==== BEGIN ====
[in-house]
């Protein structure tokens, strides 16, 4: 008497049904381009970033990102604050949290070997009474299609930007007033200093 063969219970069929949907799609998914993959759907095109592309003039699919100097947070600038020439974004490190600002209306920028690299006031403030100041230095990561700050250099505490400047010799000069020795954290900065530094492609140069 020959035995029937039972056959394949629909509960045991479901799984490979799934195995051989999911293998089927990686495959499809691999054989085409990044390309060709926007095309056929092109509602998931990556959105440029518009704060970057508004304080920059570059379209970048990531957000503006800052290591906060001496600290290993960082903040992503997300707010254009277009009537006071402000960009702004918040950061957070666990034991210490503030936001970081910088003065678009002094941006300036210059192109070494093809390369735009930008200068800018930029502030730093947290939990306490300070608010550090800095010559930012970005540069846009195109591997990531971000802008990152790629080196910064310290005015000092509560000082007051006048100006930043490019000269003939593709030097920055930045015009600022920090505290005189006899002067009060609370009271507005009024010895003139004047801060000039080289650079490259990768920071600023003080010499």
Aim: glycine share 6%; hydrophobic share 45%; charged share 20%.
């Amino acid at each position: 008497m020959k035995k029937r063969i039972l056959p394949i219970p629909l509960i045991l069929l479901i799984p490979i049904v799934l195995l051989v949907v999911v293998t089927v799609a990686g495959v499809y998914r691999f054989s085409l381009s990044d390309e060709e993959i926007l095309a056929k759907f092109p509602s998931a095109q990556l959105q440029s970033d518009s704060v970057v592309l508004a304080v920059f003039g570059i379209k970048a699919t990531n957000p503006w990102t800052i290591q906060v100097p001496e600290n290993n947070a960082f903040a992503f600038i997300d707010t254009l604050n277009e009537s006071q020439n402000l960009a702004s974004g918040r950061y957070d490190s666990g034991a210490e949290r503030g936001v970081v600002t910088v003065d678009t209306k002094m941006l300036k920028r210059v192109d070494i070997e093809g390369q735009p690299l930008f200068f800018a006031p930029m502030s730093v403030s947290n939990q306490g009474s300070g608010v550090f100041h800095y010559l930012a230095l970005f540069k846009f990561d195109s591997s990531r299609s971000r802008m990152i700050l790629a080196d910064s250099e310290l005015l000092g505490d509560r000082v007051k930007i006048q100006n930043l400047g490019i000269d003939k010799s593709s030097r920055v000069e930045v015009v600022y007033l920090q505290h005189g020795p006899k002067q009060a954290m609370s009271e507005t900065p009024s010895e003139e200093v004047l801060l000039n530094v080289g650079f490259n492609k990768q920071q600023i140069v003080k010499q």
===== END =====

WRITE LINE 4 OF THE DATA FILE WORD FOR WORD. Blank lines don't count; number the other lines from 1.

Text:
């Amino acid at each position: 008497m020959k035995k029937r063969i039972l056959p394949i219970p629909l509960i045991l069929l479901i799984p490979i049904v799934l195995l051989v949907v999911v293998t089927v799609a990686g495959v499809y998914r691999f054989s085409l381009s990044d390309e060709e993959i926007l095309a056929k759907f092109p509602s998931a095109q990556l959105q440029s970033d518009s704060v970057v592309l508004a304080v920059f003039g570059i379209k970048a699919t990531n957000p503006w990102t800052i290591q906060v100097p001496e600290n290993n947070a960082f903040a992503f600038i997300d707010t254009l604050n277009e009537s006071q020439n402000l960009a702004s974004g918040r950061y957070d490190s666990g034991a210490e949290r503030g936001v970081v600002t910088v003065d678009t209306k002094m941006l300036k920028r210059v192109d070494i070997e093809g390369q735009p690299l930008f200068f800018a006031p930029m502030s730093v403030s947290n939990q306490g009474s300070g608010v550090f100041h800095y010559l930012a230095l970005f540069k846009f990561d195109s591997s990531r299609s971000r802008m990152i700050l790629a080196d910064s250099e310290l005015l000092g505490d509560r000082v007051k930007i006048q100006n930043l400047g490019i000269d003939k010799s593709s030097r920055v000069e930045v015009v600022y007033l920090q505290h005189g020795p006899k002067q009060a954290m609370s009271e507005t900065p009024s010895e003139e200093v004047l801060l000039n530094v080289g650079f490259n492609k990768q920071q600023i140069v003080k010499q």